US: Jobless Claims

Thu Dec 21 07:30:00 CST 2017

Consensus Consensus Range Actual Previous
New Claims - Level 234K 230K to 240K 245K 225K
4-week Moving Average - Level 236.00K 234.75K
New Claims - Change 20K -11K

Jobless claims moved higher in a report that nevertheless points to strength for the December employment report. Initial claims rose a sharp 20,000 to a higher-than-expected 245,000 in the December 16 week, a week that was also the sampling period for monthly employment. But a comparison with the November sampling period shows little change, only a 5,000 gain, while the comparison of the 4-week averages actually shows improvement, down 4,000 to 236,000.

Hurricane effects in Puerto Rico continue to inflate the total by a couple of thousand though this effect continues to ebb with initial claims in the latest week down about 1,500 to 4,524 which however is still double than normal. Total continuing claims rose 43,000 in lagging data for the December 9 week to 1.932 million with the unemployment rate for insured workers moving higher but still very low at 1.4 percent. Generally, that's the story of today's report: claims moving higher but from very low levels that are still consistent with unusual strength in the labor market.

Market Consensus Before Announcement
Initial claims are expected to come in at 234,000 in the December 16 week vs 225,000 in the December 9 week. Claims have been very low and very favorable though Puerto Rico, and the backlog effects of Hurricane Maria, have been inflating the total by several thousand.

New unemployment claims are compiled weekly to show the number of individuals who filed for unemployment insurance for the first time. An increasing (decreasing) trend suggests a deteriorating (improving) labor market. The four-week moving average of new claims smooths out weekly volatility.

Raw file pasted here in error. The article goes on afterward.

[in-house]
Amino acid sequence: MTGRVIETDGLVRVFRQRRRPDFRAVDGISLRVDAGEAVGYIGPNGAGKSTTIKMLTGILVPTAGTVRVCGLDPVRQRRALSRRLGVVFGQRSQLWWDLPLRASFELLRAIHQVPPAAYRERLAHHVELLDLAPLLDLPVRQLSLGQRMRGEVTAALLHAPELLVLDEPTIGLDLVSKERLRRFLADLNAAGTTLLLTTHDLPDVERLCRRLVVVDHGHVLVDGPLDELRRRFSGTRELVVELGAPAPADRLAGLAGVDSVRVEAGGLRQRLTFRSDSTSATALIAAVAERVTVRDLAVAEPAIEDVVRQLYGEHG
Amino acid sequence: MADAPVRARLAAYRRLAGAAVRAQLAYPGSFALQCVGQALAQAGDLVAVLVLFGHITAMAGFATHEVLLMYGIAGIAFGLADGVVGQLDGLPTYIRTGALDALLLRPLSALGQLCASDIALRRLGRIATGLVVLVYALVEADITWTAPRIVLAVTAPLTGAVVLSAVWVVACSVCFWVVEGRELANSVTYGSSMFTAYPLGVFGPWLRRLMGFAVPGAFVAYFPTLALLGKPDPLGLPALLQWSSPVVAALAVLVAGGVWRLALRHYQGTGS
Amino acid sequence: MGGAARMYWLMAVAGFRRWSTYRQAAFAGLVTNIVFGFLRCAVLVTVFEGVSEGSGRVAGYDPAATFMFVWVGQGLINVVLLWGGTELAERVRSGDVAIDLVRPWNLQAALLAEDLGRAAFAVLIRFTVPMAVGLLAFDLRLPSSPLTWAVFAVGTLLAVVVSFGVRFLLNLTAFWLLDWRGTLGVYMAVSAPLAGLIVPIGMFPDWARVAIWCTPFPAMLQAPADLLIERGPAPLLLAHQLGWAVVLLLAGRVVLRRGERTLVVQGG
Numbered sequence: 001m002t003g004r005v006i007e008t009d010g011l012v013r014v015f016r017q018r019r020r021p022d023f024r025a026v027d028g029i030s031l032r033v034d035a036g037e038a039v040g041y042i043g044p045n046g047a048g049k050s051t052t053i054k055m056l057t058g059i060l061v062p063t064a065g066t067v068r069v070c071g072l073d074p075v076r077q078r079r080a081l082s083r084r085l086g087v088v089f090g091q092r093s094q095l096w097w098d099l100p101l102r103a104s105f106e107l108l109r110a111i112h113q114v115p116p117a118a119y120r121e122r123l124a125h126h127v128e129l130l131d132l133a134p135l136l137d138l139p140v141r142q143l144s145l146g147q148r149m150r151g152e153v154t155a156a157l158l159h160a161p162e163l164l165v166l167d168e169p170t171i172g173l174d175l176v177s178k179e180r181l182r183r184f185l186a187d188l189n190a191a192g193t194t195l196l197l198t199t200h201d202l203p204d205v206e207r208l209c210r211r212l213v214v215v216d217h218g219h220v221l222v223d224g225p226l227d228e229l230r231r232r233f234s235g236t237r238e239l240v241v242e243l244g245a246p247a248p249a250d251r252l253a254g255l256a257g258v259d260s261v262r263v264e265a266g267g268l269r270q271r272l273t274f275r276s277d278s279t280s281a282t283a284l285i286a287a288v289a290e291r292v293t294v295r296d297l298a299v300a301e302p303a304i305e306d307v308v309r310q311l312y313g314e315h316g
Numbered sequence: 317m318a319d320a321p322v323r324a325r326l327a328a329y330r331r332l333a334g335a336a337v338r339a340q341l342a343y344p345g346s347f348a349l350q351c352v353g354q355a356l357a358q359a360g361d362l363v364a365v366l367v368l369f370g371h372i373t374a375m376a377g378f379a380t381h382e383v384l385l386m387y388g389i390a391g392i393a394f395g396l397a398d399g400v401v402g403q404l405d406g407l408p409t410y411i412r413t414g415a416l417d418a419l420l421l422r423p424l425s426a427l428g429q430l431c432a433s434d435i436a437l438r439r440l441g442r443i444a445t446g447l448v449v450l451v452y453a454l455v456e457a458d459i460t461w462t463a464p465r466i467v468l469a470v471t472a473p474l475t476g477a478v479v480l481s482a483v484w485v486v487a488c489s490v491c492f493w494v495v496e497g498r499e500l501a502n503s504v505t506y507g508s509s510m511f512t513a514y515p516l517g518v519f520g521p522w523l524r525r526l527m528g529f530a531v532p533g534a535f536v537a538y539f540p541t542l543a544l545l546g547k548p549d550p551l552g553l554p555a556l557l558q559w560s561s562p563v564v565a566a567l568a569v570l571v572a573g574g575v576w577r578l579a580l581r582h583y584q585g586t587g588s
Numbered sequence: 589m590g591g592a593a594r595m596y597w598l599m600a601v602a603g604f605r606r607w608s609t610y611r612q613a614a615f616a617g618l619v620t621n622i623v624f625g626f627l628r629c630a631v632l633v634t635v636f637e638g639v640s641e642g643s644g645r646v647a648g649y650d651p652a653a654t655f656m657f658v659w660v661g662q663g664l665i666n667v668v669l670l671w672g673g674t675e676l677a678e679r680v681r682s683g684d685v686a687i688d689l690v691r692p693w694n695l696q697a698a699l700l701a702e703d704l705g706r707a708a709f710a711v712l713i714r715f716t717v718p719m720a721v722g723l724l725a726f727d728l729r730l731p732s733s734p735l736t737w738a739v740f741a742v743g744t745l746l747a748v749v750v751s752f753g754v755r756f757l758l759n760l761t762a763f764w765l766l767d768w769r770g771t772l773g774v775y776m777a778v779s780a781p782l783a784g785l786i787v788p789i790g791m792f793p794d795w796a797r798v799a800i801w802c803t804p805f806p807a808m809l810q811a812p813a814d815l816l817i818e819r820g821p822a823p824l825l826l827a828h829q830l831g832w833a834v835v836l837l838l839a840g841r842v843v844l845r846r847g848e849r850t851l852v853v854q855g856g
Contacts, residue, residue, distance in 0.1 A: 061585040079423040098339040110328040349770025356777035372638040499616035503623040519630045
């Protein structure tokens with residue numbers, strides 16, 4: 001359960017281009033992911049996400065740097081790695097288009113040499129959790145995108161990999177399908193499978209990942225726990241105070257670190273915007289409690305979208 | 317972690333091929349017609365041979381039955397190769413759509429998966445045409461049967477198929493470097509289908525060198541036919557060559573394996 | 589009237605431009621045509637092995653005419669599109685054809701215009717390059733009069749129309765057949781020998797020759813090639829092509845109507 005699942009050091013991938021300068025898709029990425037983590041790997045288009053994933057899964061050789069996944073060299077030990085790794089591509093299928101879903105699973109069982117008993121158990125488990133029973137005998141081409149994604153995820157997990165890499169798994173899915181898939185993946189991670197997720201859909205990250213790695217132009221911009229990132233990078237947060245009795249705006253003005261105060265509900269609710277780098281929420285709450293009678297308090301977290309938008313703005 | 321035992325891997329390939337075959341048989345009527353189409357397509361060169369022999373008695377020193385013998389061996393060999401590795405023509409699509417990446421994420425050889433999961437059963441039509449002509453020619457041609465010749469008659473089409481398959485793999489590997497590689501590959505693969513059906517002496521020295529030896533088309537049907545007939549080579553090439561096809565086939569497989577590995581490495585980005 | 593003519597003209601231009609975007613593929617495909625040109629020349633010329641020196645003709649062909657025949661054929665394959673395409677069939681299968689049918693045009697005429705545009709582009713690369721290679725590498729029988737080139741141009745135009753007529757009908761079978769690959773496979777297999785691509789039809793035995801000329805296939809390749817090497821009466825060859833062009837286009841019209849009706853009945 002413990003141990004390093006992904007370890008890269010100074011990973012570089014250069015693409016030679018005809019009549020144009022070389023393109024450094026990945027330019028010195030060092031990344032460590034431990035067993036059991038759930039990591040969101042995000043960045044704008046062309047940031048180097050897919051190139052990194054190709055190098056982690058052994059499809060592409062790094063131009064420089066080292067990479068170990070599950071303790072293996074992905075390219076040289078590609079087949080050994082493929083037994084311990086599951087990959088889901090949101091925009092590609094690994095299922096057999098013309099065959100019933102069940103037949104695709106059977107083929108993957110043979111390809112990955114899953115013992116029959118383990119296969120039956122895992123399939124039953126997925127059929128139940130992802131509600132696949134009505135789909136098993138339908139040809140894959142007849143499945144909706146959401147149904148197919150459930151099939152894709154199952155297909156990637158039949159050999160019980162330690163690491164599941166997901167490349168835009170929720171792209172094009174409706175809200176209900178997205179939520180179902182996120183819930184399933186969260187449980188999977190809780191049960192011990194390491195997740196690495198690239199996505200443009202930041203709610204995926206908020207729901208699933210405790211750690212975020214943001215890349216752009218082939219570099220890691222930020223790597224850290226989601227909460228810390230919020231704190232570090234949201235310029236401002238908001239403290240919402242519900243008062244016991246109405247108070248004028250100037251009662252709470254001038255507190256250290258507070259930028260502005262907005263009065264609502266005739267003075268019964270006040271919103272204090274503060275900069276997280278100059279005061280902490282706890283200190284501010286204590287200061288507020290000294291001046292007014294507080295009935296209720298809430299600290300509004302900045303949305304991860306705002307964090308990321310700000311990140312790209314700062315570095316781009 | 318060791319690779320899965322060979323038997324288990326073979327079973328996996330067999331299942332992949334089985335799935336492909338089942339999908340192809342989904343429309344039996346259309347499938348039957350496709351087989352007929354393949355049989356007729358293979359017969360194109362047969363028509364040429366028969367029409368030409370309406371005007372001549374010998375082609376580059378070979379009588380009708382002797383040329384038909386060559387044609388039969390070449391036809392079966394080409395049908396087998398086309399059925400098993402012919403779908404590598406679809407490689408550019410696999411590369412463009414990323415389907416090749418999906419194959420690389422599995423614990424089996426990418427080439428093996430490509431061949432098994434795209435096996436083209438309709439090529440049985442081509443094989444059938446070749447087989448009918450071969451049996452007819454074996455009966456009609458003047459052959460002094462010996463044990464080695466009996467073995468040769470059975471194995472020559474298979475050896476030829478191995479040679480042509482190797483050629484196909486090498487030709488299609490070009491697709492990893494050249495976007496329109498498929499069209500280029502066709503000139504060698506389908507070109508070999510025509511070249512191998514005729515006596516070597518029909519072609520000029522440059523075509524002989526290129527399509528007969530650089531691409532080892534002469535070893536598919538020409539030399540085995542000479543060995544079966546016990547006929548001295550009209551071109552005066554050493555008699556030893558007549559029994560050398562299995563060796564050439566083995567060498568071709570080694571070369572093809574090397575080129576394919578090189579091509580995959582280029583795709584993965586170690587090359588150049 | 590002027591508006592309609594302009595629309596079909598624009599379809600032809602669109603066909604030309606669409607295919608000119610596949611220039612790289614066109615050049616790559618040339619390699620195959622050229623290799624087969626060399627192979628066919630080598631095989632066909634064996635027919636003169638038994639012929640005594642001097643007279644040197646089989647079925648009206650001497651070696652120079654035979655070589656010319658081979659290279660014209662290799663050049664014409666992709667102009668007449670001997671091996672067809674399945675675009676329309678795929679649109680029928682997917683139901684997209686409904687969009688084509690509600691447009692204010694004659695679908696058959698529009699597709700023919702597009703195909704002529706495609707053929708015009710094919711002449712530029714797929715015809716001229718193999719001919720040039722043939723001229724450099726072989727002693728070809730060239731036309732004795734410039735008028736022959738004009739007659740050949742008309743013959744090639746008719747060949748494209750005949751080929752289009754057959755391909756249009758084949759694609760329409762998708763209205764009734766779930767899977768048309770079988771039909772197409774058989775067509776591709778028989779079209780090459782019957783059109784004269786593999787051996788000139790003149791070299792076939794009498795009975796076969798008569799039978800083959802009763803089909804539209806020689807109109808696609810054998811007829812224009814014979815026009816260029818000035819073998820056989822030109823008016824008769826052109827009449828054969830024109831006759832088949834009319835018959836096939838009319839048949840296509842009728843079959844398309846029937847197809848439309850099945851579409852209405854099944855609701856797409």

Jobless claims are an easy way to gauge the strength of the job market. The fewer people filing for unemployment benefits, the more have jobs, and that tells investors a great deal about the economy. Nearly every job comes with an income that gives a household spending power. Spending greases the wheels of the economy and keeps itgrowing, so a stronger job market generates a healthier economy.

There's a downside to it, though. Unemployment claims, and therefore the number of job seekers, can fall to such a low level that businesses have a tough time finding new workers. They might have to pay overtime wages to current staff, use higher wages to lure people from other jobs, and in general spend more on labor costs because of a shortage of workers. This leads to wage inflation, which is bad news for the stock and bond markets. Federal Reserve officials are always on the look-out for inflationary pressures.

By tracking the number of jobless claims, investors can gain a sense of how tight, or how loose, the job market is. If wage inflation looks threatening, it's a good bet that interest rates will rise, bond and stock prices will fall, and the only investors in a good mood will be the ones who tracked jobless claims and adjusted their portfolios to anticipate these events.

Just remember, the lower the number of unemployment claims, the stronger the job market, and vice versa.